The shift in mood from Depression Cherry is immediately evident in the artwork; its black and white photo imagery reflects the records observational feel. Musically the emphasis is on keyboards rather than guitars and the lessening of the reverb makes the record sound starker. Whilst opener “Majorette” has Alex Scally’s panoramic vistas of picked guitar accompanying Victoria Legrand’s windswept vocal, the guitars take a back seat thereafter.

The true mood of the record emerges on its second song, the devotional “She’s So Lovely”. Sinuous and serpentine, the music takes its own sweet time to uncoil. Legrand’s voice sounds so tremulous it almost cracks at times, especially on the line "All I have to do is everything for you".  

Turning down the reverb reveals what a natural crooner Legrand is. On “The Traveller” “One Thing” and especially “Common Girl”, with its elegant harpsichord accompaniment, she comes on like an alt-rock Edith Piaf.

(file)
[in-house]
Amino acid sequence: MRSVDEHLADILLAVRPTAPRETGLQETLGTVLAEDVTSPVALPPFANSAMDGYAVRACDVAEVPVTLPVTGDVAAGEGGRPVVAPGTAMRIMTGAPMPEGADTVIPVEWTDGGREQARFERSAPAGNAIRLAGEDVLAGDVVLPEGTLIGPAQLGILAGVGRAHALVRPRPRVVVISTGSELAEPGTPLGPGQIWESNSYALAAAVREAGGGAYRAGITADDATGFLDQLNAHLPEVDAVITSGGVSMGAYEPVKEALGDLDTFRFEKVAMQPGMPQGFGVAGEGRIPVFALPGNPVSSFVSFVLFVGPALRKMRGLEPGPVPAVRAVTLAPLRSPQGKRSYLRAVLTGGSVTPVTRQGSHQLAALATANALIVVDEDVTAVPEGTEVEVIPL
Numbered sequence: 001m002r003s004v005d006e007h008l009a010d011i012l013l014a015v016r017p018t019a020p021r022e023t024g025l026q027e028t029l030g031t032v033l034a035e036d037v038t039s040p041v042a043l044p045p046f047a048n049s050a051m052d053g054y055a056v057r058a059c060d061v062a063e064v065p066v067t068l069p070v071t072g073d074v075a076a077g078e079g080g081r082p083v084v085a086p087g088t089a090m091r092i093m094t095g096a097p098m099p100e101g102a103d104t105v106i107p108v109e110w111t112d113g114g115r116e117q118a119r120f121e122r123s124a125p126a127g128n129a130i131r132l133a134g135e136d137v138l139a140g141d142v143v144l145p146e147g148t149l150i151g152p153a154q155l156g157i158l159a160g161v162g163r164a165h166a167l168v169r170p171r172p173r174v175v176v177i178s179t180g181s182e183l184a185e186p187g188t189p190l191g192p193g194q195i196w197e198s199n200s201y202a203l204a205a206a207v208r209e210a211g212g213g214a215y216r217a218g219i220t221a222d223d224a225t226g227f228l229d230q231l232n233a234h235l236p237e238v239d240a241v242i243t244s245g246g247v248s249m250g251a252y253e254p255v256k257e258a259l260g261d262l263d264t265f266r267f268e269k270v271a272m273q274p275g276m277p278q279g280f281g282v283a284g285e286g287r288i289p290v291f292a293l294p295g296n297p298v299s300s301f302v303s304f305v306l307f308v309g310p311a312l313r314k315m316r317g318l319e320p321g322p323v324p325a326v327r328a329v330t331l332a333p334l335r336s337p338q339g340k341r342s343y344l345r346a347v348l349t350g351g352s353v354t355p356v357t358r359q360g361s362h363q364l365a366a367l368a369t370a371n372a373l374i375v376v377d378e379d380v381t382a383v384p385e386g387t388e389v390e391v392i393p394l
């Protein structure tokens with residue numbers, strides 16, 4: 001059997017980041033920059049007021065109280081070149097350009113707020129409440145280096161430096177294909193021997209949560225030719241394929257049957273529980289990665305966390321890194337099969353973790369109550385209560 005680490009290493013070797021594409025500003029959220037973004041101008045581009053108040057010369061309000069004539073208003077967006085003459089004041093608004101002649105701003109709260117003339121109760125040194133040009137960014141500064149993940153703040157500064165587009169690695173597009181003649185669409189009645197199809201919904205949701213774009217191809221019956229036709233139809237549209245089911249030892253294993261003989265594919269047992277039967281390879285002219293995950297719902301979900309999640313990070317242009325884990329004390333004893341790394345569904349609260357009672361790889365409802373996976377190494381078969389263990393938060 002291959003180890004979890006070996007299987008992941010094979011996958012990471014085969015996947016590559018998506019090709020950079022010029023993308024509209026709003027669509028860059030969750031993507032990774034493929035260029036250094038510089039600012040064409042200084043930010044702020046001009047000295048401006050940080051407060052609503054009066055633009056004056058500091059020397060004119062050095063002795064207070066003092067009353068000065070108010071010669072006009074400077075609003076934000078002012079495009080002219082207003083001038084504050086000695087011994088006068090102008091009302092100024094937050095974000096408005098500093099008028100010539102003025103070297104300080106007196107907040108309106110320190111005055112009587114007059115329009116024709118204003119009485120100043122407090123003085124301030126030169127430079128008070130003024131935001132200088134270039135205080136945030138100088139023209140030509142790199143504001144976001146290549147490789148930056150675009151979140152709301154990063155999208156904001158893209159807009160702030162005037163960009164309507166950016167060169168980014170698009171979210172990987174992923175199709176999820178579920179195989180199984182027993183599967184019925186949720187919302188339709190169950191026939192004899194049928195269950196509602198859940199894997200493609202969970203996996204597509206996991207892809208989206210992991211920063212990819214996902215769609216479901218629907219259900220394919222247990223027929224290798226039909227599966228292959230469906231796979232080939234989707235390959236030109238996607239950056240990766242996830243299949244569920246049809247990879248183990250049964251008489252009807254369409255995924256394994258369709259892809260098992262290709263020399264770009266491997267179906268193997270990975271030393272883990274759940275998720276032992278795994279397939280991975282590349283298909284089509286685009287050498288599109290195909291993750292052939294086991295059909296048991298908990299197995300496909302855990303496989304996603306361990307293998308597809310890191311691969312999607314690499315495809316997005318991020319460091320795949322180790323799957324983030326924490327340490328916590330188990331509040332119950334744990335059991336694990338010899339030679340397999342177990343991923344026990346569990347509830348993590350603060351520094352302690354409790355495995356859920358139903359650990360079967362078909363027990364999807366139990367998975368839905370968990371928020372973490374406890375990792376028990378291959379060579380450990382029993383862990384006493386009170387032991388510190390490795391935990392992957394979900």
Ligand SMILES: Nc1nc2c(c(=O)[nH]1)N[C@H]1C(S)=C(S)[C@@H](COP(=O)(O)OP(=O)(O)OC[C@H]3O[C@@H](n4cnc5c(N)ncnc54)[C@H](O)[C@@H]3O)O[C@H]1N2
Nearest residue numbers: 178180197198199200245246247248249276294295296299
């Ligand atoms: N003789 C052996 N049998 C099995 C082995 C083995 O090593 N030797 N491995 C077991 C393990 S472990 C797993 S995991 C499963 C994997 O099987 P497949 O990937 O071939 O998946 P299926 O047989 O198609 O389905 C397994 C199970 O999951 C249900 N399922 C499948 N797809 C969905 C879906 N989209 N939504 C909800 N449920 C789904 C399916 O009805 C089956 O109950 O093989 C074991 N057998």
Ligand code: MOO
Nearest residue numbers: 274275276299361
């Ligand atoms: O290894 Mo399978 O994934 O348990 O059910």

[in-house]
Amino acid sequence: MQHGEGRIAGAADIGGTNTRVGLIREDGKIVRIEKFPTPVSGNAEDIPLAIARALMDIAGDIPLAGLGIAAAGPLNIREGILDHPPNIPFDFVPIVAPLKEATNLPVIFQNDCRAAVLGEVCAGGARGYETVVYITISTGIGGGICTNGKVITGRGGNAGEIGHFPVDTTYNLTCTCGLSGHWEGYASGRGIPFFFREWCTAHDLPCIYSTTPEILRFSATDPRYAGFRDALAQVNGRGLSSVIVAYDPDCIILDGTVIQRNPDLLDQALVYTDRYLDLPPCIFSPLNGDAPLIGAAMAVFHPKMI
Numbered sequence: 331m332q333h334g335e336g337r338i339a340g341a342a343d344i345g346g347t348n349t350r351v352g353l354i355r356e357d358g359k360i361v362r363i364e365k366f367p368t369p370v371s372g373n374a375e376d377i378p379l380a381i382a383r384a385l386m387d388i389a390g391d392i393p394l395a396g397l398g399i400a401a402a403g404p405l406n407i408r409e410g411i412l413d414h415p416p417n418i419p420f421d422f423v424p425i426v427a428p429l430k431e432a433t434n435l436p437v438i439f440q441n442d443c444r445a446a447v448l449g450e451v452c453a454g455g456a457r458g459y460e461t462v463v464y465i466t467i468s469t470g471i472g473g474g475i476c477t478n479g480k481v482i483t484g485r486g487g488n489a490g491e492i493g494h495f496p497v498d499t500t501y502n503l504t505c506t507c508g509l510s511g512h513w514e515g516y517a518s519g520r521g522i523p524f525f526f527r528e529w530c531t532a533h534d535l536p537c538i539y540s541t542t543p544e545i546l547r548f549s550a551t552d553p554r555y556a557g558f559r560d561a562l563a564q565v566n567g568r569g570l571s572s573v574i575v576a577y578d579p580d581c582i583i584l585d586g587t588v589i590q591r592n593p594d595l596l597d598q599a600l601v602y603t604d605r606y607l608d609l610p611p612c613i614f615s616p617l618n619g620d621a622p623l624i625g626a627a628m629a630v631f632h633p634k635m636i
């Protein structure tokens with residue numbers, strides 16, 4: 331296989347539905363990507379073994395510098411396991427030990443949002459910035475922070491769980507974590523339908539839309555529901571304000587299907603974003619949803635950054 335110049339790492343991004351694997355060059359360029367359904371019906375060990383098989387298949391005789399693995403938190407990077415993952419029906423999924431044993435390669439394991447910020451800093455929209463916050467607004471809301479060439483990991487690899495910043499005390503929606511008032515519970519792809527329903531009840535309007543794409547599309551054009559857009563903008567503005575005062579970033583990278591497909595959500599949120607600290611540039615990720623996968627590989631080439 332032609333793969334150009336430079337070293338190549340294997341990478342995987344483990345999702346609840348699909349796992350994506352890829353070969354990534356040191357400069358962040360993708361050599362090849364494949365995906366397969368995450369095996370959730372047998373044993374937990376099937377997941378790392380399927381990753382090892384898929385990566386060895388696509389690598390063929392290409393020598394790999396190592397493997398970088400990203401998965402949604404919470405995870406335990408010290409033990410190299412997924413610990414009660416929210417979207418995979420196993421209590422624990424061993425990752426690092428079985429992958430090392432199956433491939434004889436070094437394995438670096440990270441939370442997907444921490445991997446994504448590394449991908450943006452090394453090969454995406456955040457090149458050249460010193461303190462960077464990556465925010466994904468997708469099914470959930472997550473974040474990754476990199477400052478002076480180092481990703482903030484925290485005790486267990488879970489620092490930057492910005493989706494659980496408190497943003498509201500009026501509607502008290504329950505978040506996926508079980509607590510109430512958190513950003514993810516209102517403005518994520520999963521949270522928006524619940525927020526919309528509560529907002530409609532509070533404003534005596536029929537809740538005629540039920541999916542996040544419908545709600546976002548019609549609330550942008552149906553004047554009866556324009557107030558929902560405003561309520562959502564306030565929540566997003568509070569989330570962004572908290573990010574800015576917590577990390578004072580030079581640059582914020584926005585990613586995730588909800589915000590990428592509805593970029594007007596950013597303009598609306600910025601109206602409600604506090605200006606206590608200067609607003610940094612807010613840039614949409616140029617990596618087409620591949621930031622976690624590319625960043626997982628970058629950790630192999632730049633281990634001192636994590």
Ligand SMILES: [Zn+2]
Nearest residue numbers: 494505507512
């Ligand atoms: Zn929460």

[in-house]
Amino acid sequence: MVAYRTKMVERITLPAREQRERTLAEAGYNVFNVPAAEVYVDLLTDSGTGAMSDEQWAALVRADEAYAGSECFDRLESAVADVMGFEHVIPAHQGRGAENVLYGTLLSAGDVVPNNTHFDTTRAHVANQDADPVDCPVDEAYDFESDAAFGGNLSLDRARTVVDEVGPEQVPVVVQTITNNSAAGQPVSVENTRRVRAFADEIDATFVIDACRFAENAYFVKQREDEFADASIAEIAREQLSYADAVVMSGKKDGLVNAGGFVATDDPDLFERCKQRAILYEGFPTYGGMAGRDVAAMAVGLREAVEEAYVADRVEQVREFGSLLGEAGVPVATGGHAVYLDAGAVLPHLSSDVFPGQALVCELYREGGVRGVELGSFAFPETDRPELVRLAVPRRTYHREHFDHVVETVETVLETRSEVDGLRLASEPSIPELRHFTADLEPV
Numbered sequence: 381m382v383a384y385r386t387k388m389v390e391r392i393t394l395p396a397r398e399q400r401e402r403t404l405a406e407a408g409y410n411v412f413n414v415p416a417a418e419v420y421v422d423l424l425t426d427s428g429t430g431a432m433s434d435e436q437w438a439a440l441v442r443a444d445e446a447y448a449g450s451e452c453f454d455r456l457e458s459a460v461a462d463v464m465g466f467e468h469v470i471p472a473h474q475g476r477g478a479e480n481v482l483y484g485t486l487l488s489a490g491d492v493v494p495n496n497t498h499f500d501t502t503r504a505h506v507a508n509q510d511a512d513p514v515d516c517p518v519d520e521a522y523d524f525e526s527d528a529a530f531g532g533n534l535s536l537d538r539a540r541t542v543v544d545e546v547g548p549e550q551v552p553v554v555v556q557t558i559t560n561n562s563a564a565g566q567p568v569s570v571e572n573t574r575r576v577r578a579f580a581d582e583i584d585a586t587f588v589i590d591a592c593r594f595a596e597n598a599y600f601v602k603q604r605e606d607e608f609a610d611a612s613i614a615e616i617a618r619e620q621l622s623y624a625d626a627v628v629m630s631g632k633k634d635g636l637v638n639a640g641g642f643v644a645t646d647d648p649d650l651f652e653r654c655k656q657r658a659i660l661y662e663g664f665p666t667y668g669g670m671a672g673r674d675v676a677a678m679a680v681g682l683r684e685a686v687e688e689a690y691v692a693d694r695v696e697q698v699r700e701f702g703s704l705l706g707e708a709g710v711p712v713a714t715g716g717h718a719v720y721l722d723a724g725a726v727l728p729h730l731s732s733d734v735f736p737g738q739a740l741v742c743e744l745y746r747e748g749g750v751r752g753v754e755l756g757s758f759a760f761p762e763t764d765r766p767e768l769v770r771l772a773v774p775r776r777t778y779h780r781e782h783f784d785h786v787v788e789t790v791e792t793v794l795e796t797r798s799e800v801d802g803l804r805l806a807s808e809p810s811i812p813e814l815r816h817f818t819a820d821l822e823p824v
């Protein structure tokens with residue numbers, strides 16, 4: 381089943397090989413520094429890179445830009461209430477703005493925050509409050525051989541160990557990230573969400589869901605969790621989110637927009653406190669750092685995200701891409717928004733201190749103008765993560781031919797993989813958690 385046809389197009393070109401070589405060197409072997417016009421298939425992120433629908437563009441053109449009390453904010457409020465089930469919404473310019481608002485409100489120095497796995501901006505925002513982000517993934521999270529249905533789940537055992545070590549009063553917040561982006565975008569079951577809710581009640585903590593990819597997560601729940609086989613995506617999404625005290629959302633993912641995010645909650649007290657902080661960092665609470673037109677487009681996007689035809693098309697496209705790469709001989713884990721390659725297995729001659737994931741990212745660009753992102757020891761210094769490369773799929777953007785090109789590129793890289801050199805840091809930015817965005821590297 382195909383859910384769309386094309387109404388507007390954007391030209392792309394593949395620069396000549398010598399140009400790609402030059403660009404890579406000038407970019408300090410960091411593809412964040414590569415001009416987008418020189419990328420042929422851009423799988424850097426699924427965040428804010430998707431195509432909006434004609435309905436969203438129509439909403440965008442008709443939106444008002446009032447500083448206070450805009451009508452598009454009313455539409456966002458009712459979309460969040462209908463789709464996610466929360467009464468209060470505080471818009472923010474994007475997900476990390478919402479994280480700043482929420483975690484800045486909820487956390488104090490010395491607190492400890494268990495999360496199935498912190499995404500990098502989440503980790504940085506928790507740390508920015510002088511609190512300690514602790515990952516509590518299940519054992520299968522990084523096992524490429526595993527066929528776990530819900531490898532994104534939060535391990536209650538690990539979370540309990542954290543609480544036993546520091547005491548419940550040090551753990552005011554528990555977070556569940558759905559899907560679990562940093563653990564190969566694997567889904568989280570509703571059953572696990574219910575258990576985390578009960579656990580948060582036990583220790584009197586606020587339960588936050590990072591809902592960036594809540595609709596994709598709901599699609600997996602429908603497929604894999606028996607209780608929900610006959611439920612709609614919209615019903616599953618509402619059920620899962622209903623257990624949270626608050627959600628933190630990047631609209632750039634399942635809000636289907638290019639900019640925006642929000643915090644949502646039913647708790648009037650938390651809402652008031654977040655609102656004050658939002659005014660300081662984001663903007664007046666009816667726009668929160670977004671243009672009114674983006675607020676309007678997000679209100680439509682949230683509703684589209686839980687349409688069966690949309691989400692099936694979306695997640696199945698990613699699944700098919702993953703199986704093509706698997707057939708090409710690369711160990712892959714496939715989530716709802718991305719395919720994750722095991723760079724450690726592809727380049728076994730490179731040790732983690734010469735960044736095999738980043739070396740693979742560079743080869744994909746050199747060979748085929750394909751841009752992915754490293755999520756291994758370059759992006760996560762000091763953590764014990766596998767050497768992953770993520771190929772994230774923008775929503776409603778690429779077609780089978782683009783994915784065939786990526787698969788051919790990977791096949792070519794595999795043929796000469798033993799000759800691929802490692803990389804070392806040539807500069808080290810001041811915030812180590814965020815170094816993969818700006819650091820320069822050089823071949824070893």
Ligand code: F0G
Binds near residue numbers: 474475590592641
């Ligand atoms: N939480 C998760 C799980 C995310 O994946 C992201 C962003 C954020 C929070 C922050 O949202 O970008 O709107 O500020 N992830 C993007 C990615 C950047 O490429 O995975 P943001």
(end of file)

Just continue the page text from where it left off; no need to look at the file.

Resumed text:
The closer “Somewhere Tonight” unashamedly cribs the melody of “Blue Moon”. Composed in waltz-time it’s wistfully nostalgic; a song about finding joy in the moment (‘Let us find elation, somewhere in a ballroom tonight").

Even in the age of instant musical gratification, Beach House could be accused of giving us too much information with such prolificness, but the idea that you can have too much of a good thing is thoroughly debunked with Thank Your Lucky Stars, such is the beauty of the songwriting and their uncanny ability to create an all-consuming mood.